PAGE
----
Gigabyte Atomic Overclocking Masters Competition and Gigabyte X38 DQ6 Sneak Peek
Published: 12th October 2007 | Source: Overclock3D.net |
Last week I received an invitation to a closed viewing of Gigabyte' Ultra Durable 2 X38 DQ6 motherboard which also doubled as an Overclocking Masters Competition/exhibition at Bubble's Champagne Cocktail Lounge in Circular Quay, Sydney. This was an exclusive event to say the least featuring both 'cream-of-the-crop' and up and coming talent of the Australian overclocking scene. The competition was to act as a precursory event for selection to next years WCG championships. The Gigabyte Atomic Overclocking Masters was run courtesy of Atomic Magazine and their respective forum, and was endorsed exclusively by Gigabyte.
So without further delay let's get down to the good stuff...
Welcome to Sydney, Australia
Welcome to sunny Sydney. Currently it is the most populous city in Australia, with a metropolitan area population of some 4.28 million people. Sydney is a major international tourist destination notable for its beaches and twin landmarks: the Sydney Opera House and the Harbour Bridge. Please excuse my quick Photoshop panorama of Circular Quay.
As I said at the beginning of this article the Gigabyte Atomic Overclocking Masters Competition had a healthy representation of Australian overclocking talent. Present and competing were 3 members of Team Australia.
Kayl Hoskin - Frequenting Xtreme Systems, the man needs no introduction. Until very recently Kayl held the world record for Quad-core overclocking and is heavily involved with producing his own Cascade phase change cooling systems for extreme cooling enthusiasts.
Josh Collins - Josh Collins is Atomic magazine's current technical writer, and Team Australia member.
Dino Strkljevic - Known as dinos22 on Xtreme Systems and the man has an uncanny ability for tweaking insanely low Super-Pi times
James Turnbull - An up and coming young overclocker who already has WR's under his belt.
Up for grabs were lots of nice goodies from Gigabyte including 8800GTS (340MB) graphics cards, Gigabyte Mercury cases and X38 DQ6 motherboards.
All competitors were given identical gear for the Overclocking Masters competition, comprising of:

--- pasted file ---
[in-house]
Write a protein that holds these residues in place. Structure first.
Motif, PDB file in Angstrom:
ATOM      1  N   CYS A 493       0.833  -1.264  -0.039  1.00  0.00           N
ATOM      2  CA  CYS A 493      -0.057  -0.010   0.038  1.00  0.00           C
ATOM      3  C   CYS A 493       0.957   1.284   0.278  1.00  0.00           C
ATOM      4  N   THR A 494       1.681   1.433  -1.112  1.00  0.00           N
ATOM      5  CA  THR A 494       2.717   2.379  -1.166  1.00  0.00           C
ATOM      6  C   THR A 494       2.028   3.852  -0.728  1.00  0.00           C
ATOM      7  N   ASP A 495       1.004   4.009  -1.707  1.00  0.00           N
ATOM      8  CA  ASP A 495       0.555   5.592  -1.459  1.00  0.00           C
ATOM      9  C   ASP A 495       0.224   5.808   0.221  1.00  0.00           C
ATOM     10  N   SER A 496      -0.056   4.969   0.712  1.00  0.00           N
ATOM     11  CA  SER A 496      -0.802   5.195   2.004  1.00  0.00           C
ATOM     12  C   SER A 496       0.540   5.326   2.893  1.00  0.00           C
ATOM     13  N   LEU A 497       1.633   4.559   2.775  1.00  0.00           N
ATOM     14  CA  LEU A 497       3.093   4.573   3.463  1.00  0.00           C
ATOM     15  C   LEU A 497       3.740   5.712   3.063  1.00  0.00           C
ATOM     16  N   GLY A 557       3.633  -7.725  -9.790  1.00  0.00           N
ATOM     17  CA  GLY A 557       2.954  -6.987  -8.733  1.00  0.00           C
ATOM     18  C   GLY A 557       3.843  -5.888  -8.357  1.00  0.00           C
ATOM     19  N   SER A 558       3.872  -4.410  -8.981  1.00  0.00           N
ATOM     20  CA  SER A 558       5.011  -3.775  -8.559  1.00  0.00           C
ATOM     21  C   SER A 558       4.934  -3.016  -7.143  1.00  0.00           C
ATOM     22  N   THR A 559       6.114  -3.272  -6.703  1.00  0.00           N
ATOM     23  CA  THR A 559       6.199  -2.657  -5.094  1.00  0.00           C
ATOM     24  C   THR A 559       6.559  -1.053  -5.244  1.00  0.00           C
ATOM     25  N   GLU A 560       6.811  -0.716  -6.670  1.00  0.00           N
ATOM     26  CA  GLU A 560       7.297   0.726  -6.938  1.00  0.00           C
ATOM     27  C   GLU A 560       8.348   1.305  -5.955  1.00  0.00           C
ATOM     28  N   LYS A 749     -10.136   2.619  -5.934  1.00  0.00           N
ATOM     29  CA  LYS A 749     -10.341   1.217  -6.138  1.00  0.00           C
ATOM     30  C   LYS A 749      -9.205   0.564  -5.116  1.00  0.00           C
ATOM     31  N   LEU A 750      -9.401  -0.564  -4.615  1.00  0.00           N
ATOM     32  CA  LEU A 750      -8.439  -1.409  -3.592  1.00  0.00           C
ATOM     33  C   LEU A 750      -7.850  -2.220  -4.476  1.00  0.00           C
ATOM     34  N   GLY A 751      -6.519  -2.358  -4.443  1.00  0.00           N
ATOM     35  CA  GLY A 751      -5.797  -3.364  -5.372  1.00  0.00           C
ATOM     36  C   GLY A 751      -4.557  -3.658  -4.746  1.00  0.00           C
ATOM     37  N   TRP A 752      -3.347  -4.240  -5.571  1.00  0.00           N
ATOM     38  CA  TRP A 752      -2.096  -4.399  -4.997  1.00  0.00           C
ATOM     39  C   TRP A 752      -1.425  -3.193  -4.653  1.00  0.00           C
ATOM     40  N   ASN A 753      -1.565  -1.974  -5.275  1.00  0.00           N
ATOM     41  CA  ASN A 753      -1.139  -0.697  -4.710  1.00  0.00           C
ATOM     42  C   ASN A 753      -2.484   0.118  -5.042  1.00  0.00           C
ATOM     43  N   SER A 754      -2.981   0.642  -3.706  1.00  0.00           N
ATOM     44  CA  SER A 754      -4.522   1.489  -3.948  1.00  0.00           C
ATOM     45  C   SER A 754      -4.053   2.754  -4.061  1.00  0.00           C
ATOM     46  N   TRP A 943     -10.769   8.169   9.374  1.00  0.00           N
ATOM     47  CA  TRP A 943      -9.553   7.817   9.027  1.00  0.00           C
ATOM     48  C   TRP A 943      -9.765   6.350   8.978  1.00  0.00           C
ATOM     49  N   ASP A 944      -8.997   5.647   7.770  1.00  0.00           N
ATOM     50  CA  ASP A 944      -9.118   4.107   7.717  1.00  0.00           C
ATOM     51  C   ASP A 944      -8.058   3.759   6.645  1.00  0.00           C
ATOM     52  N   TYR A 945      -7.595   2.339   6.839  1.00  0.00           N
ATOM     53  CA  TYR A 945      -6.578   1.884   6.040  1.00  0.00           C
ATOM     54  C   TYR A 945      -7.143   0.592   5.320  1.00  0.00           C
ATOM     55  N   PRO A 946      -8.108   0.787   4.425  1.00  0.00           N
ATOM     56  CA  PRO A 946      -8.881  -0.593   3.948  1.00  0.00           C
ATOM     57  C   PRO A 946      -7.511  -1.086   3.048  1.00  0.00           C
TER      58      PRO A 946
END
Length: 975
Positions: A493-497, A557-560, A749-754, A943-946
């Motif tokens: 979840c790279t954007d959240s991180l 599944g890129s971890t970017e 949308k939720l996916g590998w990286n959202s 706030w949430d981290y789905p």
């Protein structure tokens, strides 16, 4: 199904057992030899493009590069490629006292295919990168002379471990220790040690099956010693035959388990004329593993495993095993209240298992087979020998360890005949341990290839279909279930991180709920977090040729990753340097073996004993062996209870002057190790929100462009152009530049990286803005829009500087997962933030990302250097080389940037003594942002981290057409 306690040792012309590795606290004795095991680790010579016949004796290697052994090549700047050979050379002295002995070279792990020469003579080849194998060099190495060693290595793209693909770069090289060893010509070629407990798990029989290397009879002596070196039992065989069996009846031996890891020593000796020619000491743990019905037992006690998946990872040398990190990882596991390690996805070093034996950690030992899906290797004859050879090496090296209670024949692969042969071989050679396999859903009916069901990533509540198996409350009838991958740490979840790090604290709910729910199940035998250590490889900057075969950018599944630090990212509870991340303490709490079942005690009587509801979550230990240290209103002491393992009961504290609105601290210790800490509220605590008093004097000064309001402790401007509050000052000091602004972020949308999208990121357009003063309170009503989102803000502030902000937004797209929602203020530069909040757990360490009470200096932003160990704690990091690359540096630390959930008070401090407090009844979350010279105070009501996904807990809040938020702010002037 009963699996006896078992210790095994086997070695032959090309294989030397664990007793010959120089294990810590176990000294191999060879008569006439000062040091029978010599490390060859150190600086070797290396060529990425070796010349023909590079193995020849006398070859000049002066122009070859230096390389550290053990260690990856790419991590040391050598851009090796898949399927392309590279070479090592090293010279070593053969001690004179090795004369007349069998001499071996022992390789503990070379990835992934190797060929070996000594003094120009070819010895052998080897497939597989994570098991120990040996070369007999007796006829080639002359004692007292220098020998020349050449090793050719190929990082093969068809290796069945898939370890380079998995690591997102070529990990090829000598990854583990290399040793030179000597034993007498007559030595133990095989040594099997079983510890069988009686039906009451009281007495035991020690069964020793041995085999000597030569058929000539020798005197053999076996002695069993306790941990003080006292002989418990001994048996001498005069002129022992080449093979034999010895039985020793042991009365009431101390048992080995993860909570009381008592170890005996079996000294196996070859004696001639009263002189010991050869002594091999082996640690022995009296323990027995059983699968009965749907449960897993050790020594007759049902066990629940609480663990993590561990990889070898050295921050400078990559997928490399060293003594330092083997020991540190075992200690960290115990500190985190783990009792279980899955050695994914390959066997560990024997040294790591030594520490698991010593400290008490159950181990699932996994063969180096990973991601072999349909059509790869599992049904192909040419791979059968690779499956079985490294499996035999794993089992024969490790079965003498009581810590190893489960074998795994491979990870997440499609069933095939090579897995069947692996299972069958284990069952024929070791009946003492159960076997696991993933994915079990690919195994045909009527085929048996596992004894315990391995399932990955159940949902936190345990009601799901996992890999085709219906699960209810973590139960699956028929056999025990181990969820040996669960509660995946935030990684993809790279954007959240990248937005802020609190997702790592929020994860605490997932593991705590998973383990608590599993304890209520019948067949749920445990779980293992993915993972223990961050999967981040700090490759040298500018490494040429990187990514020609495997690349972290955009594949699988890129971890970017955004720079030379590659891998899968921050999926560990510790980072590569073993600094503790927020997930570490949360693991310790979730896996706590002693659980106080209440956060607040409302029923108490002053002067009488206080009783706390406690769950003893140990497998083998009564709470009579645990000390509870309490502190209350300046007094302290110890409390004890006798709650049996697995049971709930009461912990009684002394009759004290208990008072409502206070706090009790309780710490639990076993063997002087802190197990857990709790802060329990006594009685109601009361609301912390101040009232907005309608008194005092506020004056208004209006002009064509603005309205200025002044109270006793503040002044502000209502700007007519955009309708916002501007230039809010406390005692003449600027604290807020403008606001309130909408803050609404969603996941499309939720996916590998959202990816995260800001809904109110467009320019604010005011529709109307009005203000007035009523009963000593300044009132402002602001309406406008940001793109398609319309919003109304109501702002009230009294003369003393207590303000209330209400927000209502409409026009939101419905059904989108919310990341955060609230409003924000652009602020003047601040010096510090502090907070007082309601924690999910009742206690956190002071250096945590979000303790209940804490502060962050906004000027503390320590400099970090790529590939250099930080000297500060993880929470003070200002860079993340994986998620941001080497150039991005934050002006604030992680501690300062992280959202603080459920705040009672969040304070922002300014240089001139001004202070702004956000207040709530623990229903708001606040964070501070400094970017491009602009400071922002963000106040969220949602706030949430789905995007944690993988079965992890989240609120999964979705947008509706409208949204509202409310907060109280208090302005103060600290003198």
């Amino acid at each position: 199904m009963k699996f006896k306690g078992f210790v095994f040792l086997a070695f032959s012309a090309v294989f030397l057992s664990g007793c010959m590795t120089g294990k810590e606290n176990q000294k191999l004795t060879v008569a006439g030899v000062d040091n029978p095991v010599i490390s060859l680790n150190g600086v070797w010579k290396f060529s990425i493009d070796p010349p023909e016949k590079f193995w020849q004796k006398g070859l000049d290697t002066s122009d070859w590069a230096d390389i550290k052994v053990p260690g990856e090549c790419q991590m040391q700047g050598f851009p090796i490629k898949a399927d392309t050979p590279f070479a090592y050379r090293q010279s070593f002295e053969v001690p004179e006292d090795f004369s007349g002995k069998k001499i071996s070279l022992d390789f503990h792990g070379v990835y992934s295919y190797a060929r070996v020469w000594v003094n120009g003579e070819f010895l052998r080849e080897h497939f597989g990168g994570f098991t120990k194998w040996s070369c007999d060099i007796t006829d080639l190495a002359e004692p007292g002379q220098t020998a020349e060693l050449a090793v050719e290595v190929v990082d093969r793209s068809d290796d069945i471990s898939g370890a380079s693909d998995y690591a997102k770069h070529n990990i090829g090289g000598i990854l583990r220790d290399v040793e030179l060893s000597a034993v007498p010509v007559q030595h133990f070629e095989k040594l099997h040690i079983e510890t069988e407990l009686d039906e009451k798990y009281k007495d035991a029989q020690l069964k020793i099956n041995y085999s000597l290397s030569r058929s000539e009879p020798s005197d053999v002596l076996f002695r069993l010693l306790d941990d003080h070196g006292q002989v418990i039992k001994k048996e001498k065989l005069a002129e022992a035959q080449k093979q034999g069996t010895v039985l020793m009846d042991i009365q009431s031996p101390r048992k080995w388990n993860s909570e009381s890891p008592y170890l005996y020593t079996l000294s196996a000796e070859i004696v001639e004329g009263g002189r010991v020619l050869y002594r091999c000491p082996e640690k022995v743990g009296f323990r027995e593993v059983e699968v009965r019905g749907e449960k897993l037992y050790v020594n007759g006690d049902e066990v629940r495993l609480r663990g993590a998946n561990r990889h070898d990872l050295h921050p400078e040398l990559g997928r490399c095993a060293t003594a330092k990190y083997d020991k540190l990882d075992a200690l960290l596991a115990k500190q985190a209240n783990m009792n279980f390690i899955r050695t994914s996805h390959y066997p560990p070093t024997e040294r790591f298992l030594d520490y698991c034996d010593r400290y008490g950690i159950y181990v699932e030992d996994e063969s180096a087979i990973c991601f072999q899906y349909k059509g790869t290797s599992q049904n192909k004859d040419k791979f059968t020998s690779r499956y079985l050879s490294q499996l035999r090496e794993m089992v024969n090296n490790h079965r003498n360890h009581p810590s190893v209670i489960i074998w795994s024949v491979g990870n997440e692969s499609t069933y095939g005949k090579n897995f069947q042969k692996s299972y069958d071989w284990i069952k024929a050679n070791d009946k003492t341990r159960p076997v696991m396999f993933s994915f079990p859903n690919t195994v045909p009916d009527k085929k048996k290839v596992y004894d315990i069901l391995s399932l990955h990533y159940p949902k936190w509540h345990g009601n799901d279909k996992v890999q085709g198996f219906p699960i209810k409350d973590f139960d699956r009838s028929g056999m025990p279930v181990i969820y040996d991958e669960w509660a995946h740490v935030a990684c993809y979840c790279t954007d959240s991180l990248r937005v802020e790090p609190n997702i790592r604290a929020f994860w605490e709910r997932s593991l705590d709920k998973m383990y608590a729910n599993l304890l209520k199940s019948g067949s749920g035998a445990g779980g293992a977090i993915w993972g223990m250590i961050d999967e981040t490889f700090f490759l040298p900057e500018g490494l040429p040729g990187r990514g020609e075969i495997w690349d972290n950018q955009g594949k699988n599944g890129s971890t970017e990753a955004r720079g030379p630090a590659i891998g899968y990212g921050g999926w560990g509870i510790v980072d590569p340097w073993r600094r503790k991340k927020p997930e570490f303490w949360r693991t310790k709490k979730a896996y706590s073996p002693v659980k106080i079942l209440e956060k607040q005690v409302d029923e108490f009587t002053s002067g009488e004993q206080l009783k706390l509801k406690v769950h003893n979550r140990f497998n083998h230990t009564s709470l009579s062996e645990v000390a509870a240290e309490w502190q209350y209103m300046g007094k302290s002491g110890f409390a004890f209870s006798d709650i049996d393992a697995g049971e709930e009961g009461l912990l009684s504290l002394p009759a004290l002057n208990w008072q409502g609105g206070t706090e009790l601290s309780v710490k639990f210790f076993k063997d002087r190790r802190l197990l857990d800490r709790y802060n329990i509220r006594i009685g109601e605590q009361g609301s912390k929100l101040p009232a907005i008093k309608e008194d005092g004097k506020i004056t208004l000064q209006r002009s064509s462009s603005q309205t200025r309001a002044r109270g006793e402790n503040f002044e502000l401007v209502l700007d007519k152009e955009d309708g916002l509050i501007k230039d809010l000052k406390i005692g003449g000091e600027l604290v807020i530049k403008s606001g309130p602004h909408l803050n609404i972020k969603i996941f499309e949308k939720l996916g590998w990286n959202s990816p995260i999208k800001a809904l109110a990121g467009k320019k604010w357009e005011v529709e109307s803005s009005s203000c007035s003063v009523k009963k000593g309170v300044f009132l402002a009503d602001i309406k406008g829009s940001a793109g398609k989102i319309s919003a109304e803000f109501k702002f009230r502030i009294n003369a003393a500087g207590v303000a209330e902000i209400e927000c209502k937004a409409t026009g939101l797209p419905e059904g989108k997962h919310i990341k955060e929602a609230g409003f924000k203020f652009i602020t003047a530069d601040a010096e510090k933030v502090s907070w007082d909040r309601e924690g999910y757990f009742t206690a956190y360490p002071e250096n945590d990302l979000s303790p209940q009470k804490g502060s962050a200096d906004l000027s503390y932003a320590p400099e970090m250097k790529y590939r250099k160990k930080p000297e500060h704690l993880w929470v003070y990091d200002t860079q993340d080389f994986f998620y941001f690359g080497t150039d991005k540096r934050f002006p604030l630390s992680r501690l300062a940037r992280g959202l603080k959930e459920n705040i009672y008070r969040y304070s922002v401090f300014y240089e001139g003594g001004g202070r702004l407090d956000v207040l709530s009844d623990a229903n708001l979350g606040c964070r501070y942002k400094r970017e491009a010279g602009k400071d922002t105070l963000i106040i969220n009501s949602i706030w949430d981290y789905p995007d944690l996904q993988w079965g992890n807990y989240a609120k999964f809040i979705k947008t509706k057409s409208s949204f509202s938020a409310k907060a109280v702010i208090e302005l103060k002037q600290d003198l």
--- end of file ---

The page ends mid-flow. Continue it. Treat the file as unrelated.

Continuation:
* Gigabyte GA-X38-DQ6 motherboard;
* Intel E6850 Dual-core processor;
* Gigabyte GV-NX88S320H-B-RH (8800 GTS 320Mb) graphics card;
* Gigabyte ODIN Pro_800W PSU;
* Corsair Dominator RAM;
* Samsung and Dell monitors, and
* Dry Ice pots (designed, manufactured and supplied courtesy of Kayl)
(Setting up ready for Super-Pi)
(James a.k.a youngpro pushing for a high 3DMark06 score)
(Everyone got to keep their kit at the conclusion of the evening)
(Josh and Kayl goofing around)
(There's nothing like watching dice sublime)
At the conclusion of the competition the winners were announced:
Fastest Super-Pi Score
Dino Strkljevic - 10.313 seconds
Highest 3DMARK06 Score
Josh Collins - 11,880 3D Marks
I was actually banking on a higher 3DMARK06 score, but considering that the competitors were using stock cooling on the 8800 GTS', and it was about 30 deg Celcius on the day I'm not surprised. Given a longer period of time and the opportunity to run dice pots on the graphics cards, I'm sure the result would have been significantly higher.
Although the Gigabyte Atomic Overclocking Competition was a lot of fun, I really wanted the opportunity to see Gigabyte' GA-X38-DQ6 up close and personal. During the half-time break we were given a Power Point presentation on the features of Gigabyte' new motherboard and how it would shape up for PC enthusiasts and overclockers alike.
Follow with me onto the next page where you can see just how much work Gigabyte have put into their X38 based motherboards...